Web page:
Pittsburgh, PA was our final destination for the day.  Pittsburgh is not what I thought it was, a hub of manufacturing and steel production.  It is, rather, a small, picturesque city, population 303,000 (the greater Pittsburgh area includes over 2.3 million people).  Key industries include advanced construction, technology, including climate tech, robotics, and AI, and health care.  There are parks and museums, and lots of space for a toddler to run in.  Our hotel featured a restaurant, bar, and game room.

Pittsburgh, PA

The drive the following morning featured more rolling hills, with the farms noticeably larger and more upscale.  Horses and vineyards came into focus as we traveled west, eventually reaching Ashtabula.  Crowds were already gathering on the beach of Lake Erie, but we reached a neighborhood spot with a grassy overlook of the lake. 

Our nearest neighbors on the grass were a couple from North Carolina, toting their cat in a carrier, now exploring the grass on a leash.  A young man lay nearby on his back, his two calm dogs by his side.  We spread out a blanket, indulged in some snacks, keeping our solar glasses at the ready as the eclipse was already taking place.  Looking up at the sky, the view of the moon moving across the sun was picture perfect. 

I read one account from a group who viewed the eclipse in silence, totally awe-struck.  That did not happen in most places, including Ashtabula.  At the point of total eclipse, the crowds cheered and clapped their approval, one gigantic whoop breaking the stillness.  We have all seen stunning photos of the eclipse, but seeing it in person was a completely different experience.  It was the stuff of myths and magic.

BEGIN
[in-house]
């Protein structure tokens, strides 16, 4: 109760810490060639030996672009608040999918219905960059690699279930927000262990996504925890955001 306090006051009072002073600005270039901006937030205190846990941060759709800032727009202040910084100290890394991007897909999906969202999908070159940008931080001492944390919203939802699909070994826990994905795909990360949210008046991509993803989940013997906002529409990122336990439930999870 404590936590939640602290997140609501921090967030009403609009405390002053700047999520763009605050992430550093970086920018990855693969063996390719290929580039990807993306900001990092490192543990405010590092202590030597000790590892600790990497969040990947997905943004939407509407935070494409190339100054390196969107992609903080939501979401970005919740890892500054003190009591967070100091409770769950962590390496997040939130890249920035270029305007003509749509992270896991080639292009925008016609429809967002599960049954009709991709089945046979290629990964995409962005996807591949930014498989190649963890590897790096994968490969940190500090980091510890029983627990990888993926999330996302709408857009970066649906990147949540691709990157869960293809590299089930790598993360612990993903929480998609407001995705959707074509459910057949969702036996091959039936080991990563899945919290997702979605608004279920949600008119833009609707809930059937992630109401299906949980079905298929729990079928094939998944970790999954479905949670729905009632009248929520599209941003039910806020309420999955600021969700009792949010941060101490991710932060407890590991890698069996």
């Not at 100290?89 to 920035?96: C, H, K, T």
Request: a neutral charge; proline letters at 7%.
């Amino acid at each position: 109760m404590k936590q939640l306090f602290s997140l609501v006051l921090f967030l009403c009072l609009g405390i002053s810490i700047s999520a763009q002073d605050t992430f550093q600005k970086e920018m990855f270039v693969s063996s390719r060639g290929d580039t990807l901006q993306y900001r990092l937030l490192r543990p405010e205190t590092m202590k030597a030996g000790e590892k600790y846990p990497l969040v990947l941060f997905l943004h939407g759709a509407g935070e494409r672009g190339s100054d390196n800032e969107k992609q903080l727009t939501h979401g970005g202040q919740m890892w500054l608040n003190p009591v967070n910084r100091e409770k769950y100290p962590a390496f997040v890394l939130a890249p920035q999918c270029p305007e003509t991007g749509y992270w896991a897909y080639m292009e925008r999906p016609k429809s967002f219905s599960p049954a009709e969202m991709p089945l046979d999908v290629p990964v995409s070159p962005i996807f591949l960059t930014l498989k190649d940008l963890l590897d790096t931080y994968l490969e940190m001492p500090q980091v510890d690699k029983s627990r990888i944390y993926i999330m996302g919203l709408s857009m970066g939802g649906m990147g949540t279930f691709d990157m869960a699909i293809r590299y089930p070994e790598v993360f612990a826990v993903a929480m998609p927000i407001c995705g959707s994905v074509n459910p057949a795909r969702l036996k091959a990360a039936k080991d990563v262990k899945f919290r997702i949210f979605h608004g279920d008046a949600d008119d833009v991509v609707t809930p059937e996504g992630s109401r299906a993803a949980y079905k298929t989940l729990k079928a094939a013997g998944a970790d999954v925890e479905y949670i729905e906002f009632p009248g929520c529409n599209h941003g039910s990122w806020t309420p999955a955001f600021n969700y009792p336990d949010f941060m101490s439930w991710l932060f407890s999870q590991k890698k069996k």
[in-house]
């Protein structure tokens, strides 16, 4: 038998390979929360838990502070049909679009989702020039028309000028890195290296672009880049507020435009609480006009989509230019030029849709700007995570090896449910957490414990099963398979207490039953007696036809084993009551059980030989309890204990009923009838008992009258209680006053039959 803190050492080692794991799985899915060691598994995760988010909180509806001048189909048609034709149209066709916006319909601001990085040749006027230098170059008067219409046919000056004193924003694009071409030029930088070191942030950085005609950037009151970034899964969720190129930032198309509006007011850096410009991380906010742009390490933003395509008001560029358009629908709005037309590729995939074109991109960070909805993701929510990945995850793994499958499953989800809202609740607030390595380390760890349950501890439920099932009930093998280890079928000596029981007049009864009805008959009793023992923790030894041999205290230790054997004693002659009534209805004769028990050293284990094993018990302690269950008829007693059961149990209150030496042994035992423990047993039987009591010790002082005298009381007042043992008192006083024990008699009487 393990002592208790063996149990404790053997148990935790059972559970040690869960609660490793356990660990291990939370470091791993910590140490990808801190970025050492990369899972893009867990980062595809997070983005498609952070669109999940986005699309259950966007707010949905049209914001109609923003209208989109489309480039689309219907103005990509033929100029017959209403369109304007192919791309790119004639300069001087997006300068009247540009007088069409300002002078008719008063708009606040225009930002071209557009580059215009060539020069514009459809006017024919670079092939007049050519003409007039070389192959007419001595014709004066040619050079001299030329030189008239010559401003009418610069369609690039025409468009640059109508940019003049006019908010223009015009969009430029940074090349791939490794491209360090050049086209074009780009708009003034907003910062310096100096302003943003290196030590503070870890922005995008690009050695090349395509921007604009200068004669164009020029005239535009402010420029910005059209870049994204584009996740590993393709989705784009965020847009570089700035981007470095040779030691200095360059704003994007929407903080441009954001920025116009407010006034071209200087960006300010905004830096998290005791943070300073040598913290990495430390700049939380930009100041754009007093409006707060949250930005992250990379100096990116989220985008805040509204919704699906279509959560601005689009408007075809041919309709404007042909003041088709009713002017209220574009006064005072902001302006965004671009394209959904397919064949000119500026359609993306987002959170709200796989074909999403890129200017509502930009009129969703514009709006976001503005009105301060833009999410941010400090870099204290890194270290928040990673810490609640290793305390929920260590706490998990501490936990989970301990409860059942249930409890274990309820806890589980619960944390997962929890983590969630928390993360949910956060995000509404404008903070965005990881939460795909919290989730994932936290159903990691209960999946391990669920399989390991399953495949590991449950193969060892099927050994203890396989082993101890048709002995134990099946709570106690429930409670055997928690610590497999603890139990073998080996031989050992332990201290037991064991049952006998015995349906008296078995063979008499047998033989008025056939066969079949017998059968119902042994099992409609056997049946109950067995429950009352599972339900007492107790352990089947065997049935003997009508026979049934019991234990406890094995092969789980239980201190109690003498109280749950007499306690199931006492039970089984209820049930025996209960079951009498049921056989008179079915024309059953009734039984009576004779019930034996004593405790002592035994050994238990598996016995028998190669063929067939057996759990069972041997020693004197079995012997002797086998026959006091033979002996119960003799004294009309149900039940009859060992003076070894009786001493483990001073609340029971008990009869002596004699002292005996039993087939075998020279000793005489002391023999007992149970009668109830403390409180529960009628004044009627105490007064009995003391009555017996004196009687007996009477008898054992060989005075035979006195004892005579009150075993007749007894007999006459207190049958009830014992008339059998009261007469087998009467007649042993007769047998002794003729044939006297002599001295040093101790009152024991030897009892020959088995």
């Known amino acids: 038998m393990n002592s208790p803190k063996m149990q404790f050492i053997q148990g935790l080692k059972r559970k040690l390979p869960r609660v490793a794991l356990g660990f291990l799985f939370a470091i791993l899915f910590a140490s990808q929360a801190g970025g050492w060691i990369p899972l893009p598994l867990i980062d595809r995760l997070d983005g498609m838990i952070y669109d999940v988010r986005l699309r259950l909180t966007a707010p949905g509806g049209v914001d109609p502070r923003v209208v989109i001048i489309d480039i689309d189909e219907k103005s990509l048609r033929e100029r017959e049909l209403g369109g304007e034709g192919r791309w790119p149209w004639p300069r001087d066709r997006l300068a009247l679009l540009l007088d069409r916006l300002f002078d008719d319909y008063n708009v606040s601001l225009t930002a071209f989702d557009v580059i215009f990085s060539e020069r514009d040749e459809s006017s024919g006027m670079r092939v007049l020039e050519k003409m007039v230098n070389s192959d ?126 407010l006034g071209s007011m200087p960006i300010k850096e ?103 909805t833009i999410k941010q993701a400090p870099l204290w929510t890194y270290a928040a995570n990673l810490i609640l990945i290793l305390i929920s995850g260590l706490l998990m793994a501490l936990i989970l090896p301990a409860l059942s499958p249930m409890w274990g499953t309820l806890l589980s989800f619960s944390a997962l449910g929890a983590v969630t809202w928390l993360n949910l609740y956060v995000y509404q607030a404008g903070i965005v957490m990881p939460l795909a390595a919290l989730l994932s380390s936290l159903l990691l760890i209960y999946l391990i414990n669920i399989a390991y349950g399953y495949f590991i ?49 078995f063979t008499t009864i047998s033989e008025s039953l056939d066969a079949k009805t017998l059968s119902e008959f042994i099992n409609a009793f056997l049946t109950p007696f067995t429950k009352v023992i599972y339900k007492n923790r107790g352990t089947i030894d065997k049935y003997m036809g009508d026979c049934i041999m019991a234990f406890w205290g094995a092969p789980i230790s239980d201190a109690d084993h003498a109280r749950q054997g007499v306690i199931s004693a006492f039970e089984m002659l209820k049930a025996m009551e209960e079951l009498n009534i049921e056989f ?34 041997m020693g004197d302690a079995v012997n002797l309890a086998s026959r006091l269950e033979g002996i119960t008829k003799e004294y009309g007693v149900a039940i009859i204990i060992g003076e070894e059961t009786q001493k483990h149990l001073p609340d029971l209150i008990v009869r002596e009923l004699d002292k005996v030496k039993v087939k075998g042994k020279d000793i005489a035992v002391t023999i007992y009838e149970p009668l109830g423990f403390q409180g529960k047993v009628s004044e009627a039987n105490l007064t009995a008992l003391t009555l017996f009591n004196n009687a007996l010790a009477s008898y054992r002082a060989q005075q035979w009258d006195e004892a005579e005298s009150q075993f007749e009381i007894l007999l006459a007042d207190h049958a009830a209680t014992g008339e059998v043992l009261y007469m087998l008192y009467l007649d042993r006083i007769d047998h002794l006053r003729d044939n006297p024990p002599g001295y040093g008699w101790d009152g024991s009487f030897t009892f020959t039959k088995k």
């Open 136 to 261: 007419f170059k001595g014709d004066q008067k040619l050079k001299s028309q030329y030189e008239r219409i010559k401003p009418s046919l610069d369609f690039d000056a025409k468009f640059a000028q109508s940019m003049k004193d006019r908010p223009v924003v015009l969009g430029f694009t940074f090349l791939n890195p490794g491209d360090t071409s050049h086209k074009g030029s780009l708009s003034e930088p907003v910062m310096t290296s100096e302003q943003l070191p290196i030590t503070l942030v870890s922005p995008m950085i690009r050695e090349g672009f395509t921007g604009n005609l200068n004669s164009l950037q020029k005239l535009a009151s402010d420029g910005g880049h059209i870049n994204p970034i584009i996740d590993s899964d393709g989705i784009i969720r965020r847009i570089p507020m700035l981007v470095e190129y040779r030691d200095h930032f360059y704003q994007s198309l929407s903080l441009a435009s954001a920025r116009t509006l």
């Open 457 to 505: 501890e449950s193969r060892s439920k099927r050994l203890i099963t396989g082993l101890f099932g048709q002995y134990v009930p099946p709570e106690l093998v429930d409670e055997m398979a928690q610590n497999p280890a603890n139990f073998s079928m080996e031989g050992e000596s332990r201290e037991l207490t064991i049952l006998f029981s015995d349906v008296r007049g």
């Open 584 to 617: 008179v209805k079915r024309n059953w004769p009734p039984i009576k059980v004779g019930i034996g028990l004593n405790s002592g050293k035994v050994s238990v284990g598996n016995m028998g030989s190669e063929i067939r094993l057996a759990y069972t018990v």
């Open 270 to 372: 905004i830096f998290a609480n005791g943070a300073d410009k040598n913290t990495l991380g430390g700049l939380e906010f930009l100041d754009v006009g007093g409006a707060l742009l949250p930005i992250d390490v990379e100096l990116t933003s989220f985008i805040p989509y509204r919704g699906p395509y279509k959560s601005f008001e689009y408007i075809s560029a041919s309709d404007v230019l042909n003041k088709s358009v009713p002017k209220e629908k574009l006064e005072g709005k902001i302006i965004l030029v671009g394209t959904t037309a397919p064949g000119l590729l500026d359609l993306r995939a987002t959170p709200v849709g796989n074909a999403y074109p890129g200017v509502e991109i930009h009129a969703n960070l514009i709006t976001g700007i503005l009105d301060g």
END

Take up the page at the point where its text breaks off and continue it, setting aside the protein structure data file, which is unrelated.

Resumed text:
I asked the fellow with the dogs how they reacted to the event.  “They were more interested in the cat,” he said with a shrug.  Afterwards, people in the surrounding homes stayed in their lawn chairs, continuing to share the day with friends and neighbors, but visitors packed up quickly.  Traffic was heavy on departure. 

Lake Erie, Ashtabula, OH

After another night in Pittsburgh, our last stop was Harpers Ferry National Historical Park in West Virginia.  This too is a charming town, but by necessity, our visit was short.  After a walk along the Shenandoah Canal, heavily populated with snapping turtles, we reached the center of town, admiring the historic buildings and reproductions of the old shops, including a bookstore.  And then it was time to head back to National Airport in D.C. 

The best part of family vacation, despite the beautiful scenery and historic locations, was spending time with and enjoying family.  As one friend of mine noted, “But the best part is that those kids like/love gramma enough to take her along.”  Indeed.  And that is not an oxymoron.

Solar eclipse, Ashtabula, OH

This Post Has 2 Comments

  1. What a wonderful journey for you and your family. What a fantastic grandma you are!

    1. Thanks, Michelle. It was a wonderful trip!